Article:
Confucianism: Confucian Censorship in Japan

analytical Essay
3122 words
3122 words

The history of the world has undoubtedly been controlled by different schools of thought, the basis on which governments stand. Of these schools of thought, Confucianism has been a prevailing one, influencing behavior and social structure in Asia, predominantly China, Japan, Korea, and Vietnam, for two and a half millennia (1). Confucius claimed that the most ideal method of learning was "to master the old ways and to recognize newness" (2). A counterpart, Neo-Confucianism, a more fundamentalist version of old Confucianism, arose in Japan in the sixteenth century. It consisted of social and ethical philosophies of metaphysical ideas that the universe could be understood through human reason, and that it was up to people to create a perfect, harmonious relationship between the nature and the individual—the basis for which a supposedly perfect system can be imposed (3). In practice, this led to attempts to reshape the human order, using claims of moral legitimacy and heavy sanctions based on tendo, or the idea of a Heavenly Way. Neo-Confucianism sought to remove passion and desire, thought to be destructive influences that caused conflict (20). This philosophy is often criticized in modern times as being highly oppressive, due to its promotion of strict class structures, government control, and heavy censorship (3). During the period of the Tokugawa shogunate (1615-1868), the military bakufu, or shogun (literally “military commander” or “general”), issued numerous edicts of censorship in order to exercise government control over the people (4). These edicts, while highly restrictive, in practice motivated artists of the time to be more creative in finding way to bypass these stringent laws due to the Japanese people’s love for enter...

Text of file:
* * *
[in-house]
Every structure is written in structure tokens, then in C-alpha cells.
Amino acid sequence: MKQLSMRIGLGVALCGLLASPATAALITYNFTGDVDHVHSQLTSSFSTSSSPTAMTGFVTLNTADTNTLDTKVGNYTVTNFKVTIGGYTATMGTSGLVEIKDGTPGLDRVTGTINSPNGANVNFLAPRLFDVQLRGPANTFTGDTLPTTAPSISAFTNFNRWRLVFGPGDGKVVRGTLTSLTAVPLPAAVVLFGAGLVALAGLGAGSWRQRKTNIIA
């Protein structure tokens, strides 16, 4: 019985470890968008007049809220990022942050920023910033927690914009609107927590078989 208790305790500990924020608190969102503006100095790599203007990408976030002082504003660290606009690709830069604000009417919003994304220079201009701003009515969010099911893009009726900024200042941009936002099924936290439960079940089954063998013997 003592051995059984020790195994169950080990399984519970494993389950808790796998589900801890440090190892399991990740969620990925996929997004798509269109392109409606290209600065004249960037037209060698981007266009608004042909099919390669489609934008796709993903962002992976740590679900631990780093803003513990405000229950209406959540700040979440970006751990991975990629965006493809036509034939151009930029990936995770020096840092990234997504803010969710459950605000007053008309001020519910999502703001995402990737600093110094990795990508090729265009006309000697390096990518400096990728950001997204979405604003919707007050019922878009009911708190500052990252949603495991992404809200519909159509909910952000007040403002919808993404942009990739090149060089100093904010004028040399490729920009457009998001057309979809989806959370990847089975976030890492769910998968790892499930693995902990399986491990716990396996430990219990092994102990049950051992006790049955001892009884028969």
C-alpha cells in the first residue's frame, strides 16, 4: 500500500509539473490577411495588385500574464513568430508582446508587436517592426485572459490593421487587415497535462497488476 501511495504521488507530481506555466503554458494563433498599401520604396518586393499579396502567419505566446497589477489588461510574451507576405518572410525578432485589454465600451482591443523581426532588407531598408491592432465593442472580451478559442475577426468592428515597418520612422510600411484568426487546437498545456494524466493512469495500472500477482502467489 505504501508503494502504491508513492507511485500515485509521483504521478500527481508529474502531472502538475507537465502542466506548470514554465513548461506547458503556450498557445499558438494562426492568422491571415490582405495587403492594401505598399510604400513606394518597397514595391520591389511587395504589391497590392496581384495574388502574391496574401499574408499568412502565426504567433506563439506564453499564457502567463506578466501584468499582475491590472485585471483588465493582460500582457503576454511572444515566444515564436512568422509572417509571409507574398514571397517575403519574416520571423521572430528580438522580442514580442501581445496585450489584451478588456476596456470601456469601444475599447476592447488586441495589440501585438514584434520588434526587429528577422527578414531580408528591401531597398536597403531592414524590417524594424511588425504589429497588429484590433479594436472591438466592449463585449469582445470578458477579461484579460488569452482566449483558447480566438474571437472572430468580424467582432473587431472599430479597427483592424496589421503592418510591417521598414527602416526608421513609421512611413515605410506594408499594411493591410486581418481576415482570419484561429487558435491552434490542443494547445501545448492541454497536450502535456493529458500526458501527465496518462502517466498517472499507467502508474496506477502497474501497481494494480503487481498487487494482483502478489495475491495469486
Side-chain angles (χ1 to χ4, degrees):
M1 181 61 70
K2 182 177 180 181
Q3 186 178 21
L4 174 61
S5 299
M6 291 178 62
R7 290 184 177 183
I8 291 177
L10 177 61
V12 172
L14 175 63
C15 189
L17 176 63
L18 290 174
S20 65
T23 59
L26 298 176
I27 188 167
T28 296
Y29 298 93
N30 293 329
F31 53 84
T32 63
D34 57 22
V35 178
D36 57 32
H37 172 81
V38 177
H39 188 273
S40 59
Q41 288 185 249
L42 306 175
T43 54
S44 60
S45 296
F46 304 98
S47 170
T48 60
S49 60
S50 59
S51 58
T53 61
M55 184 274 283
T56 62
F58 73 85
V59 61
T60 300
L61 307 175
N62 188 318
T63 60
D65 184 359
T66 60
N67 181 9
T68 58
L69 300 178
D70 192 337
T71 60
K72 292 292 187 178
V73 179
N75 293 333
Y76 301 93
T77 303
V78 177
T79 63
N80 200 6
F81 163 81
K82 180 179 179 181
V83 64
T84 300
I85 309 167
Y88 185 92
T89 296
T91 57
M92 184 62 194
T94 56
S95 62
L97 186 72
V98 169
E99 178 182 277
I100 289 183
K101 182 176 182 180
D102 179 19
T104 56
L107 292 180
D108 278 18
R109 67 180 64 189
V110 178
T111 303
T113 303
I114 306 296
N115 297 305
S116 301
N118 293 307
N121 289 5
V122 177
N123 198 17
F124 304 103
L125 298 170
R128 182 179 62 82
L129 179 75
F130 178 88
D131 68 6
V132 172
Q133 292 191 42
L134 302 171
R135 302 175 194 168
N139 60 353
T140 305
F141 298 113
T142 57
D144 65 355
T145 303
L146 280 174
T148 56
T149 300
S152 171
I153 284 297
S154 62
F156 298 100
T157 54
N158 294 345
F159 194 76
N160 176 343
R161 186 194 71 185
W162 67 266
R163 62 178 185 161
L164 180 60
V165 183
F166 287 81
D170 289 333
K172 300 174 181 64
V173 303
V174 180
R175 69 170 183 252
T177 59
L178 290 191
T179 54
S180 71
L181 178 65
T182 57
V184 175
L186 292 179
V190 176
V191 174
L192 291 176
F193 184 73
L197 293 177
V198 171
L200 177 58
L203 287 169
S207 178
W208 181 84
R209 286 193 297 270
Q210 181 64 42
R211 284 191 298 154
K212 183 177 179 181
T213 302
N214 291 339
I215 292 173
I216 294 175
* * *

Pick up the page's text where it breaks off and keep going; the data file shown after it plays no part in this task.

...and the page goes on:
... middle of paper ... Japan was largely unsuccessful in restraining the flow of artistic material and diversity. In fact, the opposite can be said—the effect of such attempted oppression in printmaking was simply the increase of creativity and ingenuity due to the importance that the people of the time begun to place on entertainment and artistry. The complex language that was developed by artists served as a veil for the publication of woodblock prints that would have otherwise been censored, sparking both creative expression and new genres of printmaking. Later, the heavy hand of Neo-Confucian oppression in ukiyo-e would be lifted, as the previous satirical depictions often found in artists’ designs would be used to unify the Japanese people against external threats, as Japan relinquished its isolationist nature, and the strain between artist and government regulations calmed (20).

In this essay, the author

  • Explains that confucianism influenced behavior and social structure in asia for two and a half millennia. neo-confucian censorship was criticized in modern times as being oppressive due to strict class structures and government control.
  • Describes confucianism and its neo-confucian descendant within the bounds of social organization.
  • Explains that egoyomi depicted the months of the year using the lunar calendar. the shogunate dictated that only a select few publishers were officially allowed to produce calendars for the public.
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